Distribution Wishlist, a new occasional feature, is where I highlight films that don’t yet have Australian distribution, and I hope will get picked up, that I’m anticipating.
What on the surface looked like yet another misty eyed romantic/showbiz melodrama, Beyond the Lights quickly captured my attention when it:
A. Was first added to the Toronto International Film Festival line up, and
B. Became one of the best reviewed films at the festival.
Starring up-and-comer Gugu Mbatha-Raw, who played the title role in this year’s surprise hit Belle (which I actually have sitting here to watch), Beyond the Lights is the story of Noni (Mbatha-Raw), the new ‘next big thing’ in pop music (doesn’t there always seem to be a neverending line of those?) who is trapped by the image imposed by both her record label and her classic pushy stage mum/’mumager’ Macy Jean (Minnie Driver), feeling the pressure of her newfound fame. In a desperate moment she meets Kaz (Nate Parker), a young policeman who (as stated by the official plot summary) “works to help her find the courage to develop her own voice and break free to become the artist she was meant to be”.
Ok, stop that eye rolling that I know you’re doing. I know that it sounds familiar, I know that it sounds problematic. However, one of the reasons I can’t wait to see it is that it seems to be quite the opposite, transcending the well-worn, misogynistic “damsel in distress” formula. Add in the fact that Mbatha-Raw has already earned herself a surprise Gotham award nomination (which, if you talk to those who’ve seen it, doesn’t appear to be a surprise at all) and yep, I’m in. What usually keeps films like these from being released in Australia is that they’re believed to be “too American” to be successful here, that they exhibit too many dense cultural niches and differences that Australians can’t relate to. That might be so to an extent. It probably won’t set the world on fire, won’t become a $100 million smash, and won’t get much recognition outside small indie film awards like the Gothams, but if these reviews are anything to be believed, this is a film that has great performances and universal themes of stardom and the increasing treatment of people as commodities, which is a conversation that needs to be started.
Some review extracts…
“Bythewood has purposely taken on an almost impossible scenario and made it something special. On the surface, you should not care for Noni’s character or her goals. You should want Kaz, a true good guy, to run for the hills from her. Instead, the filmmaker uses the same skills she has to fashion a memorable romance in “Love & Basketball” here. You believe Kaz is smitten with the Noni behind the hip-hop façade. Granted, Bythewood benefits from some genuine chemistry between the two leads, but the romance succeeds because of her direction, not in spite of it.As a screenwriter, Bythewood is often brutally honest about her characters and their situations. There are many shades of grey in Noni, Kaz and the people in their lives. The bad guys are a façade (well, except for maybe Kid Culprit), and the film’s resolution finds Kaz coming to that exact realization. She also has much to add to the discussion about today’s media and the dicey road record labels are willing to take as they desperately try to succeed in a world where album sales continue to become almost irrelevant.”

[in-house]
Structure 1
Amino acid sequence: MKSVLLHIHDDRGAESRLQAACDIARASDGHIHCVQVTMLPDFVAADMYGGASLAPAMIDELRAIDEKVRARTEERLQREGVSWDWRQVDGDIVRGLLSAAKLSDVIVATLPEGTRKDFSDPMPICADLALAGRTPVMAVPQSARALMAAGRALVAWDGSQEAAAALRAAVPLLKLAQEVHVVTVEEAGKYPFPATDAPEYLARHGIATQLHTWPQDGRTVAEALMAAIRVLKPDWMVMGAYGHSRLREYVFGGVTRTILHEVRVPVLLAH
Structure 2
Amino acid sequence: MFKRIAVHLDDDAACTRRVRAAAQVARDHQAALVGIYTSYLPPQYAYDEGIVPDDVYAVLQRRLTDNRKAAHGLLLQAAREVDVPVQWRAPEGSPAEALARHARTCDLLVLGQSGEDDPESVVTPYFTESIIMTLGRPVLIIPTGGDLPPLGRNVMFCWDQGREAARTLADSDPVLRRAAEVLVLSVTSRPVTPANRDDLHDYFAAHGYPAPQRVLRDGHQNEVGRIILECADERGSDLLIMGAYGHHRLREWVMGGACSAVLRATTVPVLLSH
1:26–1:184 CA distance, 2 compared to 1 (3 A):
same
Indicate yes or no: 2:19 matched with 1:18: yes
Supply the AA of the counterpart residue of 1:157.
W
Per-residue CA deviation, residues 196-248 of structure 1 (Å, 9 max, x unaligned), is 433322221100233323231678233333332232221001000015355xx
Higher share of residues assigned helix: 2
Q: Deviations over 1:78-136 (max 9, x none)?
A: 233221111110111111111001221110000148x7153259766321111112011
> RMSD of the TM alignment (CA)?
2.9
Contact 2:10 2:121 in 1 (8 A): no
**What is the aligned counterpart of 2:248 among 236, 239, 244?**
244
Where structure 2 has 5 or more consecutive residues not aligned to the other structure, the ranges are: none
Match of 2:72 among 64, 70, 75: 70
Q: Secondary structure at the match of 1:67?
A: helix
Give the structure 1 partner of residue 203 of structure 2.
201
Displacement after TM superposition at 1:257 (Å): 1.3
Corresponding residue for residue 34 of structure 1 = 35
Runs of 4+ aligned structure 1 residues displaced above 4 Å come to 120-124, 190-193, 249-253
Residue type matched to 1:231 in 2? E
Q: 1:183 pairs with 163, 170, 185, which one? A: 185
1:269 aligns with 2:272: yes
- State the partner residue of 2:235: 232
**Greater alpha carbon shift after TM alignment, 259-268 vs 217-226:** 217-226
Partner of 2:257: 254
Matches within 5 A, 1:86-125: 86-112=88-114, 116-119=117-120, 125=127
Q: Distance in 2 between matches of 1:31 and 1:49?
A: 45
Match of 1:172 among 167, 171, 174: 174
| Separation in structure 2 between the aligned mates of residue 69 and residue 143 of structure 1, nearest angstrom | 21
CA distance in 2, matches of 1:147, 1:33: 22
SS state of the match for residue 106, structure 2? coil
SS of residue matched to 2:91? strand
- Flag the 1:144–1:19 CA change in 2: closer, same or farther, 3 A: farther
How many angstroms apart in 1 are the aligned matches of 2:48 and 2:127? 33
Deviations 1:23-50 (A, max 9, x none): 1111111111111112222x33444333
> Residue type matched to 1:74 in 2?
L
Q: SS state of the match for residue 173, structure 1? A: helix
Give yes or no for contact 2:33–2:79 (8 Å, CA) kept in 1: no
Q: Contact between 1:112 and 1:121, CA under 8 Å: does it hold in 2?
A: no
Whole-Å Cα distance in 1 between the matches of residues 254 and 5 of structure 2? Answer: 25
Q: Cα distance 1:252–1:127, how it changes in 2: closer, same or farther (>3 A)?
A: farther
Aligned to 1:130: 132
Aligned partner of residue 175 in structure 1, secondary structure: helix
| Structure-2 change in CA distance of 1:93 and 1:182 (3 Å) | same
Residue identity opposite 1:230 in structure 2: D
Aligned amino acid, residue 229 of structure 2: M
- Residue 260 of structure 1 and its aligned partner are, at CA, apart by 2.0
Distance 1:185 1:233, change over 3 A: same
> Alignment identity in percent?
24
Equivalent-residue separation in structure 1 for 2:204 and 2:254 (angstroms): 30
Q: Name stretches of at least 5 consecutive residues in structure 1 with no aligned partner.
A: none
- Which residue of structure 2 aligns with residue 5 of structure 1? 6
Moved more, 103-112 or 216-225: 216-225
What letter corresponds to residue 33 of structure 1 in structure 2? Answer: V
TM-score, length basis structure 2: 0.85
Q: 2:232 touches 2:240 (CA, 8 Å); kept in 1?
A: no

“Both Mbatha-Raw and Parker are appealing, expressive actors, and writer-director Gina Prince-Bythewood (Love & Basketball) lets them breathe, filling in the boilerplate bones of the story with smartly nuanced commentary on race and fame and the relentless negotiations that a young woman—even one without a record deal—has to make in a world that expects her to be everything but herself.”
“Mbatha-Raw (last seen in Belle, based on the true story of a black woman growing up among white aristocracy in 18th-century England) is a captivating presence here, look-at-me sexy one moment and soberly vulnerable the next. But she never lets her character descend into raw neediness or histrionic self-loathing. There’s always something sturdy and earthbound about her fragility, as if she knows she doesn’t have to play the victim, even when she feels like one. Noni’s triumph doesn’t come all at once — it takes awhile for her to stop fighting her hair and find her voice — but her moment of epiphany strikes a resounding chord.”
“Yet when she gets it right, it’s hard to hold the film’s shortcomings against her. Gauzy fairy-tale elements aside, the pic tackles a number of tough issues with rather admirable directness: the default hyper-sexualization of female musicians, the entertainment industry’s disinterest in the mental health of its prime assets as long as the show goes on, and the way a genuine gesture of humanity can be subtly sullied the moment it becomes a media opportunity.”
“The showbiz melodrama isn’t an easy beast to wrangle, succumbing too easily to overwrought, facile statements about both human emotion and the entertainment industry. So even if Beyond The Lightsdid nothing greater than stick the landing of its preposterous-on-the-surface premise, it could be deemed a success. But writer-director Gina Prince-Bythewood (who mined similar territory in 2000’s enduringLove & Basketball) ups the level of difficulty, adding pronounced feminist and racial undertones to a story about two very pretty people falling into a very pretty relationship.”
“It also deals with the over-sexualization of female pop stars in a world craving flesh, and how Noni, having long been stripped of her identity and driven to suicide, is reinvigorated not by a ‘man’, but someone who acknowledges that she is suffocating and needs some help.”
Beyond the Lights opens in wide release in the US this week.